The 100th Giro d’Italia takes place during this month of May and we at Viro have greeted it in real time.
Stage number 12 (Forlì – Reggio Emilia) covered a distance of 229 km, passing through Zola Predosa, near Bologna.
Knowing that there are so many cycling fans that follow us, we would like to offer some safety advice to best safeguard your bicycle on the occasion of the centennial edition of the most famous cycling race in Italy.
- The first rule is to secure your bike to a fixed point using an anti-theft device (cable, chain or U-lock).
This may seem a trivial issue, but there are times, in the absence of fixed points (such as a pole, a bicycle rack or a wall eyelet), and with little time to look for one, that one simply secures the wheel and the frame: it’s almost like switching on the electronic burglar alarm at home and then leaving the front door open. It becomes child’s play to steal the bike by lifting it and removing it by hand, and then removing the anti-theft device calmly elsewhere.
And remember to choose anchor points that truly are fixed: be aware of short poles, from which one could take off an anti-theft device secured only to the frame, and be also wary of those which do not have a concrete base, but are only inserted in the ground (for example, signposts): these can often be easily lifted up and moved.
The most practical and useful way to secure a bicycle is undoubtedly the twisted cable: it is light, economical, but above all functional, thanks to its flexibility, for anchoring various parts of the bike to a fixed point.
However, pay attention of the actual strength of the material to cutting. It is always best for the product to made of steel and that it has an adequate diameter (minimum 8 mm), to prevent it from being easily cut with small shears or cutters.
- The padlock must also be carefully chosen because a potential thief will not need use a shear to get round a poor quality lock, as it will be sufficient to pull the two ends of the cable forcefully or with the help of a lever to break it.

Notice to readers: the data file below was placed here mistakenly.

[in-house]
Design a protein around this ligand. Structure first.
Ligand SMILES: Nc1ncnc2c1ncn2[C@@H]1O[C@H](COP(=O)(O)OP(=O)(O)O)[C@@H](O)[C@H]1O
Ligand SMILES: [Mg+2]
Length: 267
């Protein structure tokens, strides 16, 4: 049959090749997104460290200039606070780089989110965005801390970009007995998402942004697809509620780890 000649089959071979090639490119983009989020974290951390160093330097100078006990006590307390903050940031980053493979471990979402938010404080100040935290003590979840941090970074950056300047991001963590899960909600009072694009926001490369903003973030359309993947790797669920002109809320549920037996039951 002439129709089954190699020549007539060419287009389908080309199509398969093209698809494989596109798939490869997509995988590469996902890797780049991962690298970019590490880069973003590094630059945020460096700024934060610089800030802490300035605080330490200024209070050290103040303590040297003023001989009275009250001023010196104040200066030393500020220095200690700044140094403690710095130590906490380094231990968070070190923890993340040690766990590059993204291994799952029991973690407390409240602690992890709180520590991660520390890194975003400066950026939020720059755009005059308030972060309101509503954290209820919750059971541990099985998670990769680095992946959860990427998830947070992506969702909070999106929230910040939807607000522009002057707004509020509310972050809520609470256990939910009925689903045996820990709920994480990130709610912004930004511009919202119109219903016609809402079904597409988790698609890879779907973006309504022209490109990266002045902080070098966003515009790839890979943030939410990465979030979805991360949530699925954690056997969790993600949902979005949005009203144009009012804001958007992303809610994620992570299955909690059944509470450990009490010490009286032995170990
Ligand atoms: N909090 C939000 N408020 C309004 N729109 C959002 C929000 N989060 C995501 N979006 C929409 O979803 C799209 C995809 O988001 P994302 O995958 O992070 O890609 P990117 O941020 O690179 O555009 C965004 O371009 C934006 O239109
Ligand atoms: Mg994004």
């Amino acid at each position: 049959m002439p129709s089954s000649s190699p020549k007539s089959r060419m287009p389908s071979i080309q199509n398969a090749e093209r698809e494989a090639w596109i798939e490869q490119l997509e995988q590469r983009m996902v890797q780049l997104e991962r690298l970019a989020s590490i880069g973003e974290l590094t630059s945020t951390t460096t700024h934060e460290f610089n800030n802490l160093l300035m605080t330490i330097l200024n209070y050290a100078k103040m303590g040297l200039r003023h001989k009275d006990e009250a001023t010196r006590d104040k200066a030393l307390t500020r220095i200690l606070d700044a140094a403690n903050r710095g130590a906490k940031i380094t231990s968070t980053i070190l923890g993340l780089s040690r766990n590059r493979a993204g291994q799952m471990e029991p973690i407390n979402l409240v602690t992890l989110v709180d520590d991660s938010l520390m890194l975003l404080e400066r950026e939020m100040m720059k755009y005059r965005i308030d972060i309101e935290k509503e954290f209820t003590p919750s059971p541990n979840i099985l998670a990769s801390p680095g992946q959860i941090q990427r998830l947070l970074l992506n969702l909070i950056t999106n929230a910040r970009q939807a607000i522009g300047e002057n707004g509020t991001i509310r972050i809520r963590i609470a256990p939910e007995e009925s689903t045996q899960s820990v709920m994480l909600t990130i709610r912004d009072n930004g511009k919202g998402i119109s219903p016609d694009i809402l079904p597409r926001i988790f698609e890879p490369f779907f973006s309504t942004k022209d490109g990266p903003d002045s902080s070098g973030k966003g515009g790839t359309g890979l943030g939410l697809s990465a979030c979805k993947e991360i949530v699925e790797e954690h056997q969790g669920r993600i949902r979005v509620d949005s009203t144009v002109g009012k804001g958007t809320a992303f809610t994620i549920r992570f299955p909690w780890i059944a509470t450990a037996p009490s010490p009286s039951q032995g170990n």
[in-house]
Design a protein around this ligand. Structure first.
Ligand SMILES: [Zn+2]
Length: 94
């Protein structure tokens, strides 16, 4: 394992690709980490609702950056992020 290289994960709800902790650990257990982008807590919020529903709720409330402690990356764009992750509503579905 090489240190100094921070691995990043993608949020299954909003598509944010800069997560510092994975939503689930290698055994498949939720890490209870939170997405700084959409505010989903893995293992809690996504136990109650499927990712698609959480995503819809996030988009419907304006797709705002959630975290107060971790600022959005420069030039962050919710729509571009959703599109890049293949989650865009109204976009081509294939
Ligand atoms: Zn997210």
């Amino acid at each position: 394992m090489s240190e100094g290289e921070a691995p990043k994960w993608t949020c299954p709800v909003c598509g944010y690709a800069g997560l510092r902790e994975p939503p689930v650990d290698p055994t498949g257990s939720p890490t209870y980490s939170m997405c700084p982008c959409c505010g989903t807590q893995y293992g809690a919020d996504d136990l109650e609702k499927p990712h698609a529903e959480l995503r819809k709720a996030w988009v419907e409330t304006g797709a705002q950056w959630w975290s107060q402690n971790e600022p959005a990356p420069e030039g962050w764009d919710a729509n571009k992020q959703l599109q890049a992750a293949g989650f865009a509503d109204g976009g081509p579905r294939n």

Choosing a good quality anti-theft device, even if none of them are absolute infallible, is always a good idea: it discourages thieves who are less well equipped and, if used properly, you will not have to buy any more.
Padlocks and chains, for example, are a good solution: despite being more bulky and heavy than a twisted cable, they definitely have better resistance to cutting and breaking.Remember also that, in order to obstruct thieves armed with shears or cutters, it is absolutely essential that the padlock’s cable or chain is always raised above the ground.
If the cable or chain touches the ground, it is possible to rest the head and an arm of the cutters on the ground, thereby loading the entire weight and force on the other arm of the tool. This takes advantage of the leverage effect, and imparts a much higher force than could be developed by simply squeezing together the arms of the tool with both hands.
- A last tip to further increase the level of security of your bike left in the road is to use, if possible, two different systems to secure it. For example: a U-lock and a padlock with a chain, a cable and a chain, etc. The combination of multiple anti-theft devices means that the thief requires different skills and tools, and overcoming them becomes more complicated, especially for “small-time” thieves.
And what if the bicycle is parked in a garage, instead of on the street? As this is a truly effective means of protection, great attention must be paid to which types of security products are installed on the garage door … but we’ll talk about it in a future blog!